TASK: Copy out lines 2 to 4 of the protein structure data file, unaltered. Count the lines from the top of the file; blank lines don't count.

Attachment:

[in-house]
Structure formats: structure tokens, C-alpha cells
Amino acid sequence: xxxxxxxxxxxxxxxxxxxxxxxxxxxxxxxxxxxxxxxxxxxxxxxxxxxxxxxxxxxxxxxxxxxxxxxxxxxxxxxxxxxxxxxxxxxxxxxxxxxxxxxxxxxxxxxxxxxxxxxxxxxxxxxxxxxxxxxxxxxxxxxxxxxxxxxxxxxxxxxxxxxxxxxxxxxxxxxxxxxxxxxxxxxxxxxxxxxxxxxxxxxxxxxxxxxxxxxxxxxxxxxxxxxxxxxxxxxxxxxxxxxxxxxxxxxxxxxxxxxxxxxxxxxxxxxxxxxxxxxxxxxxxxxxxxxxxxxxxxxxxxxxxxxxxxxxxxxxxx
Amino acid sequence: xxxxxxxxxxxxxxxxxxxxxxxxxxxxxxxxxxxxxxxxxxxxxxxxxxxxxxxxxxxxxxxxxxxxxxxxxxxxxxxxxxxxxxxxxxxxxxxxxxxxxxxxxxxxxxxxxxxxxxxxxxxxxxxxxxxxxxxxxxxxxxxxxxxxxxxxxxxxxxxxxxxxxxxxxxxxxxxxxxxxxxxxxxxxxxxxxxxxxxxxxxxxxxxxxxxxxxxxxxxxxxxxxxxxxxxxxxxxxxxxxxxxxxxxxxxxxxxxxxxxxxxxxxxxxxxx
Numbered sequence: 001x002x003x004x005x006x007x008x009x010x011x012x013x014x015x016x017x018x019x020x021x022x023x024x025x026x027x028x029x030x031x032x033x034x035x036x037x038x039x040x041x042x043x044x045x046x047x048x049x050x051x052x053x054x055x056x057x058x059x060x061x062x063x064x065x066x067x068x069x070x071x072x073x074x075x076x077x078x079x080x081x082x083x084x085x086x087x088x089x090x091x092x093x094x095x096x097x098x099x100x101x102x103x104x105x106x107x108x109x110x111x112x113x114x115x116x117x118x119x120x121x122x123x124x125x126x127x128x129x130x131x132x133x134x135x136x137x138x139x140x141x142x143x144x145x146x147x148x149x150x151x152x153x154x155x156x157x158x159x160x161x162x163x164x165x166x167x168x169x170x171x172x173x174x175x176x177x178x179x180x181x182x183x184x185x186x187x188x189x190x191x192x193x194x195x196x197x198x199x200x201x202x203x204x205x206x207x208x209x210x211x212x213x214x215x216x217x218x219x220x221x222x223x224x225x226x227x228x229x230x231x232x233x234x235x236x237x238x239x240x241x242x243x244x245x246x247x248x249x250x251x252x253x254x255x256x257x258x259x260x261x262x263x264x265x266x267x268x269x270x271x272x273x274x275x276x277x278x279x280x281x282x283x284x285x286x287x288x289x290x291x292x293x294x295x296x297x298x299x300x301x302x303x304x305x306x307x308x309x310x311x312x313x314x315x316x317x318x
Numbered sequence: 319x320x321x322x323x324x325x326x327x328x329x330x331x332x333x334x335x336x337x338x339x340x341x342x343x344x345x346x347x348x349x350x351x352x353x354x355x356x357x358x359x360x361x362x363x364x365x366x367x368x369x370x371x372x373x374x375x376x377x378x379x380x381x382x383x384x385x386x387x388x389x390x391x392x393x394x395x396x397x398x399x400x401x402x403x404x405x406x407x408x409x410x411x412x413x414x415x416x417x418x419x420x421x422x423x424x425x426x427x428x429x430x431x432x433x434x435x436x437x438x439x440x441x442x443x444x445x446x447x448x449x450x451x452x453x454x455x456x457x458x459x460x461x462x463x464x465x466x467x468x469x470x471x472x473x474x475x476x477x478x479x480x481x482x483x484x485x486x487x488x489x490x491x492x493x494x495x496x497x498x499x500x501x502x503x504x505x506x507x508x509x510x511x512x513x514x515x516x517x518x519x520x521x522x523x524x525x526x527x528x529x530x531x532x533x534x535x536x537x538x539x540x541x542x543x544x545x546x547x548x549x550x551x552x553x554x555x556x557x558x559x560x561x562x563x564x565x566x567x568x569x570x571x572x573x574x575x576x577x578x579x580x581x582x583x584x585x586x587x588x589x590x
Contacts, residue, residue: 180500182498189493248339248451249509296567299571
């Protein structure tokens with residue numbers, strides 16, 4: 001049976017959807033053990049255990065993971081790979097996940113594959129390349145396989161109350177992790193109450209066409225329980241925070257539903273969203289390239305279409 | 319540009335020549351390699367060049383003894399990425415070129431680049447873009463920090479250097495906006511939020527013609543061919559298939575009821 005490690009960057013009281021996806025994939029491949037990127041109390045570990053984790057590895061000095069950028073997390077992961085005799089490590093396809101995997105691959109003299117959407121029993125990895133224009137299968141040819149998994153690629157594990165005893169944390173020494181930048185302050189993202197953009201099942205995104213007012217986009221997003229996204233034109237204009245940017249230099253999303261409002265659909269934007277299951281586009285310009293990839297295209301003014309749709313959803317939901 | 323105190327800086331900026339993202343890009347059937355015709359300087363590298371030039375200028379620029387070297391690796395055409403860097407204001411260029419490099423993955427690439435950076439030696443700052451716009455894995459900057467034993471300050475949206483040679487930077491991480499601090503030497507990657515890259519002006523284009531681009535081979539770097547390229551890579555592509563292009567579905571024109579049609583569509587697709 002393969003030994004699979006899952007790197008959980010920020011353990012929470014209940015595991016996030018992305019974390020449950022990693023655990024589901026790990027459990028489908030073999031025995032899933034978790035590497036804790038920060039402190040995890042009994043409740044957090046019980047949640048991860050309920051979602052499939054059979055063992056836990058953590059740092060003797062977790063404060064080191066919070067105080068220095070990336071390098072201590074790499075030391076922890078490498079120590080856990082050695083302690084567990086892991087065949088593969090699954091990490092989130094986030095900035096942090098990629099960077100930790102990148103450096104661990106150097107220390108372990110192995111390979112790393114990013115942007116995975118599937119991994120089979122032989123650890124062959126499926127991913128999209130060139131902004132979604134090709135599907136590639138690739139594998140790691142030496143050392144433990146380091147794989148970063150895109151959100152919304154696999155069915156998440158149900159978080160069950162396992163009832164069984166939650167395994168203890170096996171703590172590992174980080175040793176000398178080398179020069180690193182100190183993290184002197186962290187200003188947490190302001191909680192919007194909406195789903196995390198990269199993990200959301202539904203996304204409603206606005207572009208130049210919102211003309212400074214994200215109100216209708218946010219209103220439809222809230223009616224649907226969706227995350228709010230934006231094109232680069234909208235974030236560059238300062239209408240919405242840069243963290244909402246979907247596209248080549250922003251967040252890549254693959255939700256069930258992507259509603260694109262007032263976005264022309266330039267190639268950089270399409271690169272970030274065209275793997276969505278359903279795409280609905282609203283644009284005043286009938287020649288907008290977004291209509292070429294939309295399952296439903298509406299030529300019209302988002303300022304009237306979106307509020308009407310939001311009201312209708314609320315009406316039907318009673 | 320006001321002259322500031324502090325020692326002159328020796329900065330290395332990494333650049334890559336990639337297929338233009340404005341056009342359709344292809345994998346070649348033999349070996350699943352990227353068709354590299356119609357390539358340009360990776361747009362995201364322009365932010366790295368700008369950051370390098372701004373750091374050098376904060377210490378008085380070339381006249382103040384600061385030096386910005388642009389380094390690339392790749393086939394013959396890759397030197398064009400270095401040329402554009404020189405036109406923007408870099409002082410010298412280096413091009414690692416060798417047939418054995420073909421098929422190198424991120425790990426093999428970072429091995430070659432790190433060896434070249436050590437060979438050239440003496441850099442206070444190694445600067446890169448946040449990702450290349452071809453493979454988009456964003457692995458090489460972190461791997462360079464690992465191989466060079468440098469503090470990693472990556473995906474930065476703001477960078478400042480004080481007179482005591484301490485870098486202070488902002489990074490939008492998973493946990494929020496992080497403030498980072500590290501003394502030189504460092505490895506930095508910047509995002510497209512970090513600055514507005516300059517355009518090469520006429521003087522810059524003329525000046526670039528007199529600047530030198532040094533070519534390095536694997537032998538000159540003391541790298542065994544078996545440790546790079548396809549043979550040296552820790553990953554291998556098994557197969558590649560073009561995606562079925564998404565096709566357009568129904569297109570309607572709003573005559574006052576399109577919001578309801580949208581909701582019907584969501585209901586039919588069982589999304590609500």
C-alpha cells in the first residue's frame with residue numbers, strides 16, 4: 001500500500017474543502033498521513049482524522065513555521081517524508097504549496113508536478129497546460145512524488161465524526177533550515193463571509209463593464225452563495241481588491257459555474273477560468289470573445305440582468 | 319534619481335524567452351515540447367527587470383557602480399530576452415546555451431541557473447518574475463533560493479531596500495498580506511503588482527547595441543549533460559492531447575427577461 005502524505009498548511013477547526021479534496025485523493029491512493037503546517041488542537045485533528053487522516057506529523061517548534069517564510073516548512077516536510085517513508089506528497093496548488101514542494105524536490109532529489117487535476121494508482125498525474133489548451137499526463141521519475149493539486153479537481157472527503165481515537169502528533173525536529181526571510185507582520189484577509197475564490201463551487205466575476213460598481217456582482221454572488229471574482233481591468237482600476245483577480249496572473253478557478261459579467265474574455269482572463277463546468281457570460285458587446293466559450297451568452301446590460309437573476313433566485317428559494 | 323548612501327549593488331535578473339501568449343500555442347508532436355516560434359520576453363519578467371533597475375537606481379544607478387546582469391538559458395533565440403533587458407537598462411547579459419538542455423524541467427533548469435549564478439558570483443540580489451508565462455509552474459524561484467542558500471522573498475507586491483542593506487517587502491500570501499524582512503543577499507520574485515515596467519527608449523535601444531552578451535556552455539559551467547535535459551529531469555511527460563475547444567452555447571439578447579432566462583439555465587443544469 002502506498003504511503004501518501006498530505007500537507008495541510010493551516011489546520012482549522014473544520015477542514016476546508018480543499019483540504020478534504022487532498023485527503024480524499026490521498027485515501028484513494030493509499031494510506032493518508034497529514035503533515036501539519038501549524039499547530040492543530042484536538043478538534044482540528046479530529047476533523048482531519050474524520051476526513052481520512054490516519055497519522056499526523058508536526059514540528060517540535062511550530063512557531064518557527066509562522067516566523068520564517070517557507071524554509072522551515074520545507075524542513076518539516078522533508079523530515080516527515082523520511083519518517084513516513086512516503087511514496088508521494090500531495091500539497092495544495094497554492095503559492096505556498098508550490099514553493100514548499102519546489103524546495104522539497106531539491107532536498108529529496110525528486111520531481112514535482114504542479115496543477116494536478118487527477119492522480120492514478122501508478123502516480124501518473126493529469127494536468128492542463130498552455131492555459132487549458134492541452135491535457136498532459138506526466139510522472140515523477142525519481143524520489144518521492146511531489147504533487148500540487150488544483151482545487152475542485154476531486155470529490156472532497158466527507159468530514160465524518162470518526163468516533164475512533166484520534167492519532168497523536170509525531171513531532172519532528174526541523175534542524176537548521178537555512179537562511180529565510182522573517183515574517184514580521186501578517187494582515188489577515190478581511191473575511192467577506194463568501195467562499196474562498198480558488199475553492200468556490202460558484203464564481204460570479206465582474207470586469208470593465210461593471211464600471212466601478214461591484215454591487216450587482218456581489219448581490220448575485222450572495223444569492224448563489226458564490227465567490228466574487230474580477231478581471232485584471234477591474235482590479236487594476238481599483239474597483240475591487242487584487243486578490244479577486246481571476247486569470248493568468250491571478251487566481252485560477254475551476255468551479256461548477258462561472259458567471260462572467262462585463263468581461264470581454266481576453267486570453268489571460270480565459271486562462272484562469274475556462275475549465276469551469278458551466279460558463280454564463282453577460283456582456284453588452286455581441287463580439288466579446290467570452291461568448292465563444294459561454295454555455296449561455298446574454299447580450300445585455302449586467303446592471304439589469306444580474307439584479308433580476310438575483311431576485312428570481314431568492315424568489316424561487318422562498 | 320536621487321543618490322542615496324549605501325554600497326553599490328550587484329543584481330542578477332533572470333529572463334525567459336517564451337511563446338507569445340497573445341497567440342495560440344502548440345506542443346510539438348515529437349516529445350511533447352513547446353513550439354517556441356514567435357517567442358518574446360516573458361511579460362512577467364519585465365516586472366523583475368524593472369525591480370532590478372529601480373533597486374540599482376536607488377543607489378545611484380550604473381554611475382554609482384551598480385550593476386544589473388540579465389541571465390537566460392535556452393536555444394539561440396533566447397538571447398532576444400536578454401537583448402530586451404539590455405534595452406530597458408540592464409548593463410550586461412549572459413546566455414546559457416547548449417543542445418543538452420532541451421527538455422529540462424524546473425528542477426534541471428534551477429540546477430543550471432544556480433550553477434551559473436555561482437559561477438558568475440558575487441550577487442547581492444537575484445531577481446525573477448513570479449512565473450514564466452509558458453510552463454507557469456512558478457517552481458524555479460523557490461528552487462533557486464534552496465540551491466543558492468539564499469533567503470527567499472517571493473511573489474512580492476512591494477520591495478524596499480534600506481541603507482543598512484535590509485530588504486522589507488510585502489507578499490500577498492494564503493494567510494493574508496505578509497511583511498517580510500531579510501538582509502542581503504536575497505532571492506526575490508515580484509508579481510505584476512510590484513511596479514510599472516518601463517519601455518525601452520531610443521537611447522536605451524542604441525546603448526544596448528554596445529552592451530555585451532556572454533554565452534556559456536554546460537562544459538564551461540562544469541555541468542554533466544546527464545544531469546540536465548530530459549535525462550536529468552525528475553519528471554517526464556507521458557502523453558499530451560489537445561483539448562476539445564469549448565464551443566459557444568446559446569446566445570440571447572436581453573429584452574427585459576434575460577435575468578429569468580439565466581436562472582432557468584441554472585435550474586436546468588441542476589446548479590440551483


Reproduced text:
Structure formats: structure tokens, C-alpha cells
Amino acid sequence: xxxxxxxxxxxxxxxxxxxxxxxxxxxxxxxxxxxxxxxxxxxxxxxxxxxxxxxxxxxxxxxxxxxxxxxxxxxxxxxxxxxxxxxxxxxxxxxxxxxxxxxxxxxxxxxxxxxxxxxxxxxxxxxxxxxxxxxxxxxxxxxxxxxxxxxxxxxxxxxxxxxxxxxxxxxxxxxxxxxxxxxxxxxxxxxxxxxxxxxxxxxxxxxxxxxxxxxxxxxxxxxxxxxxxxxxxxxxxxxxxxxxxxxxxxxxxxxxxxxxxxxxxxxxxxxxxxxxxxxxxxxxxxxxxxxxxxxxxxxxxxxxxxxxxxxxxxxxxx
Amino acid sequence: xxxxxxxxxxxxxxxxxxxxxxxxxxxxxxxxxxxxxxxxxxxxxxxxxxxxxxxxxxxxxxxxxxxxxxxxxxxxxxxxxxxxxxxxxxxxxxxxxxxxxxxxxxxxxxxxxxxxxxxxxxxxxxxxxxxxxxxxxxxxxxxxxxxxxxxxxxxxxxxxxxxxxxxxxxxxxxxxxxxxxxxxxxxxxxxxxxxxxxxxxxxxxxxxxxxxxxxxxxxxxxxxxxxxxxxxxxxxxxxxxxxxxxxxxxxxxxxxxxxxxxxxxxxxxxxx